We have been meeting with many Tŝilhqot’in knowledge keepers over the past few months and we will be submitting more Tŝilhqot’in place names from outside the Declared Title Area as soon as possible. This is an ongoing process. If you want to be involved or know someone that would like to be involved, please feel free to call or email Shane Doddridge who is coordinating this project.

Shane Doddridge, TNG Geographic Information Systems Technician, E-mail: shane@tsilhqotin.ca Phone: 250-392-3918

Governance Sub-Table

The Governance Sub-Table is currently working on developing the Tsilhqot’in Consitution based on the traditional knowledge of Tŝilhqot’in Citizens and Elders. This process is ongoing with specific discussions occuring in communities. If you are a Tsihqot’in Citizen and would like to be a part of these discussions, please contact Shawnee Palmantier at 778-799-2145.

Economic Development Sub-Table

The Economic Development sub-table is tasked with starting to develop a sustainable economic base for the Tŝilhqot'in Territory. This begins with an economic action plan for the area. Our current Sub-Table Manager is working on the following:

Documents

Agreements, summaries, maps, and historical documents can be found here.

Lands & Resources

Coming Soon

Social Sub-Table

Coming Soon

Declared Title Area Implementation

Coming Soon

Frequently Asked Questions

 

What is the Nenqay Deni Accord?

The Nenqay Deni Accord (the Accord) is a “made-in-Tŝilhqot’in” agreement signed on February 11, 2016 that sets out a five-year framework for discussions between British Columbia and the Tŝilhqot’in Nation to advance and achieve a lasting reconciliation for the Tsilhqot’in peoples.

The Accord sets out eight “pillars” of reconciliation that the Province and the Tŝilhqot’in will work to achieve:

  1. Tsilhqot’in Governance;
  2. Strong Tsilhqot’in Culture and Language;
  3. Healthy Children and Families;
  4. Healthy Communities;
  5. Justice;
  6. Education and Training;
  7. Tŝilhqot’in Management Role for Lands and Resources in Tsilhqot’in Territory; and
  8. Sustainable Economic Base.

 

Why was the Accord developed?

The Accord was developed as a way to try to create a better future for Tŝilhqot’in Citizens. After the Supreme Court of Canada recognized that the Tŝilhqot’in hold Aboriginal title to their lands, British Columbia and the Tŝilhqot’in Nation agreed to find a better path forward. The Accord is the first of its kind, developed jointly by British Columbia and the Tŝilhqot’in Nation, based directly on the input from the Tŝilhqot’in communities about their priorities and aspirations.

 

How will these negotiations affect the land that I use for my livelihood within the Tŝilhqot’in Territory?

The Accord includes a number of ways to recognize the role of the Tŝilhqot'in as caretakers of the lands within the Tŝilhqot’in Territory. Tŝilhqot’in Communities will have the opportunity to identify geographic areas within the territory as a starting point for negotiations to transfer these lands to the full ownership and control (similar to the Declared Title Area) of the Tŝilhqot’in. There will be strategic land use planning and other efforts on the remainder of the Tŝilhqot’in territory to make sure the Tŝilhqot’in have a meaningful role in deciding how lands and resources are managed, and that Tŝilhqot’in values are respected.  British Columbia and the Tŝilhqot’in Nation have committed to developing new structures and processes for land management that reflect the principles of free, prior informed consent, as set out in the United Nations Declaration on the Rights of Indigenous Peoples.

 

How was the map of Tŝilhqotin Territory in the Accord determined?

The map of Tŝilhqot’in Territory in the Accord is taken from the Aboriginal title claim filed by the Tŝilhqot’in Nation in 2003. Like many First Nations, the Tŝilhqot’in filed this Aboriginal title claim to protect against a potential 6 year limitation period after the Delgamuukw judgment as a protective measure. The Tŝilhqot’in Nation recognizes that the Accord map of Tŝilhqot’in Territory overlaps with the asserted Aboriginal title and rights of neighbouring First Nations and is actively taking steps to try to resolve these boundary issues in a positive way.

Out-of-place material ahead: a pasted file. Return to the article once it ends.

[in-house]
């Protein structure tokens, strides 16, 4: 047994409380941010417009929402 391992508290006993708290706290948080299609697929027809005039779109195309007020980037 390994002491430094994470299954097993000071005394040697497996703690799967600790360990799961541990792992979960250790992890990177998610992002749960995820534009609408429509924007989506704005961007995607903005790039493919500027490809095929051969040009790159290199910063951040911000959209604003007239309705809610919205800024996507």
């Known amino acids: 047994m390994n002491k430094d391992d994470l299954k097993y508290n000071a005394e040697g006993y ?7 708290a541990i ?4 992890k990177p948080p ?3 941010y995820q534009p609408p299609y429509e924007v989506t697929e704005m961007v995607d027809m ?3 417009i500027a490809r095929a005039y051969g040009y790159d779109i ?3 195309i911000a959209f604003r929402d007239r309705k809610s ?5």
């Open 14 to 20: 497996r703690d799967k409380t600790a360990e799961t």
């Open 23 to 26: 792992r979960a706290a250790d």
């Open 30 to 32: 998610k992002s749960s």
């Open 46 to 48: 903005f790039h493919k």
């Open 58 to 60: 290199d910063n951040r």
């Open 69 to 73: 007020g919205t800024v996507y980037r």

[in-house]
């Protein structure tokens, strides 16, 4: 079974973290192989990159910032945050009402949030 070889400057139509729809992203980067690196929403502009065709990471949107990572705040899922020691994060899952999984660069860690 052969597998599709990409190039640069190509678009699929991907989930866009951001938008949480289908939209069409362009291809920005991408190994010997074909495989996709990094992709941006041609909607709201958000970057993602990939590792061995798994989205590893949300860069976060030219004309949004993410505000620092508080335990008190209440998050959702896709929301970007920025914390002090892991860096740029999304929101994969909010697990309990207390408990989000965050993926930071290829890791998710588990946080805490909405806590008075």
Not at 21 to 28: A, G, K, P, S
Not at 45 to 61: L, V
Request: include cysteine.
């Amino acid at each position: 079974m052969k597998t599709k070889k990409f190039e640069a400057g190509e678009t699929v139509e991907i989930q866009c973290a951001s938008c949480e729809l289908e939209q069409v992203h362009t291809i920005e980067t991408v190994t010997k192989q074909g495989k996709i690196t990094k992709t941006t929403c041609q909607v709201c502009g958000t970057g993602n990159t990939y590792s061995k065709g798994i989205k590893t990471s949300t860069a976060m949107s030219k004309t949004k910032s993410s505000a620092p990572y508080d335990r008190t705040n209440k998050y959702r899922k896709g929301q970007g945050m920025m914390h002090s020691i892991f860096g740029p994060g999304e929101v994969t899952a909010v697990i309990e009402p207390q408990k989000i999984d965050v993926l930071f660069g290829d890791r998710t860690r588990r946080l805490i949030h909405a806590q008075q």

How is this different than a Treaty?

First, the Accord is not part of the modern treaty process.  It was negotiated as a “one-of-a-kind” framework for negotiations that is directly shaped by the Tŝilhqot’in communities.  It is a “made-in-Tŝilhqot’in” agreement and process.

Second, the funding provided in treaty is in the form of loans. The funding for negotiations under the Accord is provided to the Nation from BC, and does not take the form of loan to the Nation.

Third, the Accord commits British Columbia and the Tŝilhqot’in Nation to make progress and show results in critical areas for the Tŝilhqot’in peoples, even as the longer-term negotiations continue.

Fourth, the Accord does not call for the surrender, modification or extinguishment of Aboriginal title.  The Accord is based on the recognition of Tŝilhqot’in Aboriginal rights and title and not the surrender of any rights or title.

The Accord is…

 

The Accord is NOT...

  • An Agreement between BC and the Nation to a process of improving the lives and lands of the Tsilhqot’in – a first step to achieving lasting reconciliation for the Tŝilhqot’in;
  • An Agreement that protects Tŝilhqot’in Title, Rights & cultural values;
  • An Agreement for the entire Tŝilhqot’in territory;
  • A way to have more say over what happens on the land and in our communities.
 
  • Not a final Agreement or modern treaty;
  • Not an agreement that can take away Tŝilhqot’in Title, Rights or ways of life;
  • The “Declared Title Area” is not being negotiated;
  • Not a way for the BC Government to have more control over the Tŝilhqot’in.

 

Why didn’t the Federal Government sign onto the Accord as well?

During the development of the Accord, the Federal Government did not have the direction from the Prime Minister to be involved in negotiations.

On January 27, 2017, the Federal Government and the Tŝilhqot’in Nation signed a Letter of Understanding, setting out the framework for initial reconciliation discussions between Canada and the Tŝilhqot’in Nation.  Going forward, we expect collaborative work from British Columbia, Canada and the Tŝilhqot’in Nation where needed to advance reconciliation and improve the lives of the Tŝilhqot’in Communities and Citizens.

How do I get more information?

You may inquire by phone to the TNG Negotiations & External Affairs branch at (778) 799-2145 or by email at myanna@tsilhqotin.ca.

Communication Questionnaire

Communication Questionnaire Coming Soon